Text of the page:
When I was a kid I used to be afraid the suction tube used at the dentist’s office would suck up my tongue. I have never seen that happen, but I have noticed that when children undergo long dental procedures, the suction is often hooked at the corner of the mouth for an extended period of time. Between the saliva that accumulates under the hook and “digests” the lip and the wet irritation from a piece of plastic pressing against the edge of the mouth, the kids may emerge with a sore at the corner of their mouths. The catch: the sore usually does not appear for a couple of days, sending parents into my office concerned about cold sores or infection after they have forgotten about the dental visit.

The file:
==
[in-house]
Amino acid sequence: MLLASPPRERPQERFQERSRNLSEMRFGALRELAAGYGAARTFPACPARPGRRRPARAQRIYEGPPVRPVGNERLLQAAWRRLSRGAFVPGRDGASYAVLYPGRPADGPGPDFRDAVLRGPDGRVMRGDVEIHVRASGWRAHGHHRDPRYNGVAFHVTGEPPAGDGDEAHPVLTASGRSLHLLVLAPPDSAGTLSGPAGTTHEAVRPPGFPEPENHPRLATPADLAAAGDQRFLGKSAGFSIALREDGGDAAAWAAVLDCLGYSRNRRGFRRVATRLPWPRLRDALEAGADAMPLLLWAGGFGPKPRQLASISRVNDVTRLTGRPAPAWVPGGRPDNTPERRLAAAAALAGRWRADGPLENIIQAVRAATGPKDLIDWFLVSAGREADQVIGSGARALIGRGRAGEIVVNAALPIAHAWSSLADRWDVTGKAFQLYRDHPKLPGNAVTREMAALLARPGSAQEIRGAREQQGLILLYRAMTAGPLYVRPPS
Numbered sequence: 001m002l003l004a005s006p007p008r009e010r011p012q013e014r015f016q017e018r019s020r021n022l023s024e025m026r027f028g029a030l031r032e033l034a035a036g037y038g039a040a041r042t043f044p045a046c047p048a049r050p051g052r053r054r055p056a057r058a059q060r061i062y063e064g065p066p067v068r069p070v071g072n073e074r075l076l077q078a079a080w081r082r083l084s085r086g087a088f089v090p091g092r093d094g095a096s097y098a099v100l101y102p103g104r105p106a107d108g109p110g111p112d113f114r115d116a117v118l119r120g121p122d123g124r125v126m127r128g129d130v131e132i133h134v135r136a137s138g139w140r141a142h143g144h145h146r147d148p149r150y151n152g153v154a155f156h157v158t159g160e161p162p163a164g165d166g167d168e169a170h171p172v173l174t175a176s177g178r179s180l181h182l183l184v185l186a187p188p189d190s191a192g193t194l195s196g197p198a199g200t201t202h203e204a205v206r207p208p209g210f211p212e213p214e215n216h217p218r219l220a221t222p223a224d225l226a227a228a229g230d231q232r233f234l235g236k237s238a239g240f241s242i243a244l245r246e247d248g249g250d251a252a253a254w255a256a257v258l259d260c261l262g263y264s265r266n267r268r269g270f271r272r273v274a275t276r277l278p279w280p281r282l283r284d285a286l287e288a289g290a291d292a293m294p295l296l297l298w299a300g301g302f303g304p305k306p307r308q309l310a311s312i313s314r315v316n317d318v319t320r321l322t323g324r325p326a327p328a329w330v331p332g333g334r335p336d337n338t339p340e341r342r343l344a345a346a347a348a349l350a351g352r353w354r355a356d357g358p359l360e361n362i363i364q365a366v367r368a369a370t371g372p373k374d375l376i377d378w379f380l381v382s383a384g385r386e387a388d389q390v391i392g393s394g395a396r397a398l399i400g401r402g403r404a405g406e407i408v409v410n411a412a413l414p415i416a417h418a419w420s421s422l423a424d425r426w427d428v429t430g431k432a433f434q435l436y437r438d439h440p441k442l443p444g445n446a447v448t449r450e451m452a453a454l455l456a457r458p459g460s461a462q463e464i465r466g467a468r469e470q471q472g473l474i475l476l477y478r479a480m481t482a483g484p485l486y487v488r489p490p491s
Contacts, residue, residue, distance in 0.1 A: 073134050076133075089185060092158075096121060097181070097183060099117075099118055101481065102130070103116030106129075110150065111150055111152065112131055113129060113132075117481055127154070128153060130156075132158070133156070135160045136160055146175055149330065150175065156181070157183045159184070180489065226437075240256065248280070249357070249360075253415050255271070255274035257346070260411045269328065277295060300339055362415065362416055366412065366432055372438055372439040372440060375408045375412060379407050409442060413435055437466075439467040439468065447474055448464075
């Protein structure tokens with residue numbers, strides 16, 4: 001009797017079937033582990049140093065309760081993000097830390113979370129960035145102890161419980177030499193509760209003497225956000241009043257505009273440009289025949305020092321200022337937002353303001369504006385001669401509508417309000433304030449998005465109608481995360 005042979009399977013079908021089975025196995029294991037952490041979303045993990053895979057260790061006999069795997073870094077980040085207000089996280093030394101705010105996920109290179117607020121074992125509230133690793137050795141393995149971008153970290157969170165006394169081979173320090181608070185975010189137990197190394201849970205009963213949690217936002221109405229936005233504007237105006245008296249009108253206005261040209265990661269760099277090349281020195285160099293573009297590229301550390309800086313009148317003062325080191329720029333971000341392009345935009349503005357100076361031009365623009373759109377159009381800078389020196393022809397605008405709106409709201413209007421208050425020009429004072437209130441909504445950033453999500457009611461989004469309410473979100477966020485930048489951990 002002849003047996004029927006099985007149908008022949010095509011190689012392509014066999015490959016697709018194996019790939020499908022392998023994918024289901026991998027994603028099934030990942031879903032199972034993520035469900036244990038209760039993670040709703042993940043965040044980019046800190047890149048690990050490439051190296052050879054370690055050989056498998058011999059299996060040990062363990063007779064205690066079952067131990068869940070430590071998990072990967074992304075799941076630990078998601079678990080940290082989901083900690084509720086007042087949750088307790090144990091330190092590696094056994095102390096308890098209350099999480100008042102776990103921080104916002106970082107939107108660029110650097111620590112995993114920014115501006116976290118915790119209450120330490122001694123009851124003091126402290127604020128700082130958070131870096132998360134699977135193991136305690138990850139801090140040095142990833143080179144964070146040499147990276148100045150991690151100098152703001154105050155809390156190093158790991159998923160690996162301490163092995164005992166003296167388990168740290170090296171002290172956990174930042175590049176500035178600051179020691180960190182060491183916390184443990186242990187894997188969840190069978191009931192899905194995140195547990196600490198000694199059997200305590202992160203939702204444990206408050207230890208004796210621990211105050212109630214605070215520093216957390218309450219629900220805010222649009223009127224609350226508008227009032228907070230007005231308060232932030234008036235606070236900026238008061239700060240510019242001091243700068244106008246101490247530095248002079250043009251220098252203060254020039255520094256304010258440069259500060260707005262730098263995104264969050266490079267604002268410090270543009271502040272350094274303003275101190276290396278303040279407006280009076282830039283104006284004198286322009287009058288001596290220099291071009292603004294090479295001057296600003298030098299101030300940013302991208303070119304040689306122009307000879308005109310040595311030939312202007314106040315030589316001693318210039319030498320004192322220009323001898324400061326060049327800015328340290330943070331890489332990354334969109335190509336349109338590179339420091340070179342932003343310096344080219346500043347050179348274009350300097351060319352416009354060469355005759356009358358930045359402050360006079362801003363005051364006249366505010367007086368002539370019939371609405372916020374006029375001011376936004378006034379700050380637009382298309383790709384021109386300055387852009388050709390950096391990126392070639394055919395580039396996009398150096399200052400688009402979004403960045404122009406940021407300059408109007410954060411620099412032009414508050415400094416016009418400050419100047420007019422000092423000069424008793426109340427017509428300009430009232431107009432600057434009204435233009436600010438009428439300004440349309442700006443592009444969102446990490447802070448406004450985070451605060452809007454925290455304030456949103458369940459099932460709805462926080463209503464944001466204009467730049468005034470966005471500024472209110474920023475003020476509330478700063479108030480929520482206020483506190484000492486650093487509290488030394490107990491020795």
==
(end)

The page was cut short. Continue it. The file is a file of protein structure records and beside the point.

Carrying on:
Fortunately, the mucosal (moist) areas of the mouth heal rapidly because of a rich blood supply which brings nutrients to the area quickly. However, before it heals, the area on and around the lip where the suction sat looks ugly, white and heaped up the by the third or fourth day after the dental visit. Keep the area clean with soap and water and put on a barrier protection such as petroleum jelly based product (eg Vaseline, aquaphor) so that any drool will not further irritate the area. Apply barrier protection the next time your child visits the dentist.
Naline Lai, MD with Julie Kardos, MD
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